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Taylor Thomson

Taylor Thomson

The Shark Boy thrives in salt water, but like several shark species, he is agile in fresh water too. Taylor is an environmental scientist whose fascination with sharks has led him to a career that studies human interactions with both freshwater and estuarine environments, in a bid to reduce our impact on his favourite creature - The Shark! With a knowledge base that spans across water science and ecology, his teachings focus on how we can restore our relationship with nature, thus mitigating the negative impacts on our waterways. You can also find him as a part of the dynamic facilitator duo ‘Human-Nature,’ where he elaborates on land-based impacts on our waterways.

Work with

Taylor Thomson

For the past six years, Taylor has studied and worked in the natural environment of New Zealand. Previously an employee at the Waikato Regional Council, he was responsible for monitoring the health of over 100 lakes, rivers, estuaries, and the animals within them. In this role, he gained first-hand experience with how local communities interact with our water bodies. He has since established key teaching processes to better our relationship with the environment.

Taylor is also an advocate for science communication, having worked within the community and the University of Waikato to facilitate water science and climate change education. He is currently creating an ecological model of Aotearoa’s estuaries, which he hopes local governments can use to better their management processes and protect these environments for future generations.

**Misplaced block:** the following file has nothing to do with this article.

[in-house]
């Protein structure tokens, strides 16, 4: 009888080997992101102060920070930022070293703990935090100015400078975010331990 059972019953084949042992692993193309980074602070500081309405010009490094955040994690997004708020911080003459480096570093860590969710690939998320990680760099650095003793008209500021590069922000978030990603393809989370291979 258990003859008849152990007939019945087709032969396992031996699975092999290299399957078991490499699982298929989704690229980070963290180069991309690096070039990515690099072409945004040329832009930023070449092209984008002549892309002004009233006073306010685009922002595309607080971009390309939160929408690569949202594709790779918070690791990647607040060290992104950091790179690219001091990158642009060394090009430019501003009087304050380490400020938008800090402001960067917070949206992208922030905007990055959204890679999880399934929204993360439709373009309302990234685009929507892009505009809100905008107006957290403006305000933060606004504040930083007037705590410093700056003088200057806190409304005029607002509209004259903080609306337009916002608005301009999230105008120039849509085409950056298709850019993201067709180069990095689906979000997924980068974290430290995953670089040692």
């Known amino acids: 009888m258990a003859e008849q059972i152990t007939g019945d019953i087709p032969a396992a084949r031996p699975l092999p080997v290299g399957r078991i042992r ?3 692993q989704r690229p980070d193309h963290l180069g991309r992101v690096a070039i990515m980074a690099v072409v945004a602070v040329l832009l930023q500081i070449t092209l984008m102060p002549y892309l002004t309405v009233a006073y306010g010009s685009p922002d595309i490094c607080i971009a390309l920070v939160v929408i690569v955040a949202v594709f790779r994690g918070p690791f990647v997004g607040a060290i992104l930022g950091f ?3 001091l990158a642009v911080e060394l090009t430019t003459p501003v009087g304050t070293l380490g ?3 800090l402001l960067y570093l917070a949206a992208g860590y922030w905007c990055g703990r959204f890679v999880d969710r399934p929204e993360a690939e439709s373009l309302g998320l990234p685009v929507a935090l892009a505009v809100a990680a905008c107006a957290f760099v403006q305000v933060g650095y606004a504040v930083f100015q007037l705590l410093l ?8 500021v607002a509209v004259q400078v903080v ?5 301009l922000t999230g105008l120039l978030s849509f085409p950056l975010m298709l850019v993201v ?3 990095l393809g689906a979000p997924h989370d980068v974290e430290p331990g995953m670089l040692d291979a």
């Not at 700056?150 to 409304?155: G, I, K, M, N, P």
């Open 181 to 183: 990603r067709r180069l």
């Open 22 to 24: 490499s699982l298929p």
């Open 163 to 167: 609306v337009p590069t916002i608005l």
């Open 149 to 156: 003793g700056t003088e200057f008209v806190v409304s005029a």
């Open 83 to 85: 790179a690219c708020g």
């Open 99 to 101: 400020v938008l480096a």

With his broad knowledge base, Taylor is optimistic that he can inspire a love for science and the environment in the next generation through Field-Based STEM.

Taylor Thomson

we are a team of scientists and science communicators
WE DO FIELD WORK THAT IS ACCESSIBLE TO ANYONE ​

We grew up outside, connected with the nature and believe that our kids should go outside too.

Here, at Field-based STEM, we are all working as a big team. Tap into our collective expertise.  

"Unlike scientific community programmes that are expensive and require lots of investment, field work is done by individuals and is accessible to anyone. The skills gained during field work open up a huge area for everyone undertaking it."

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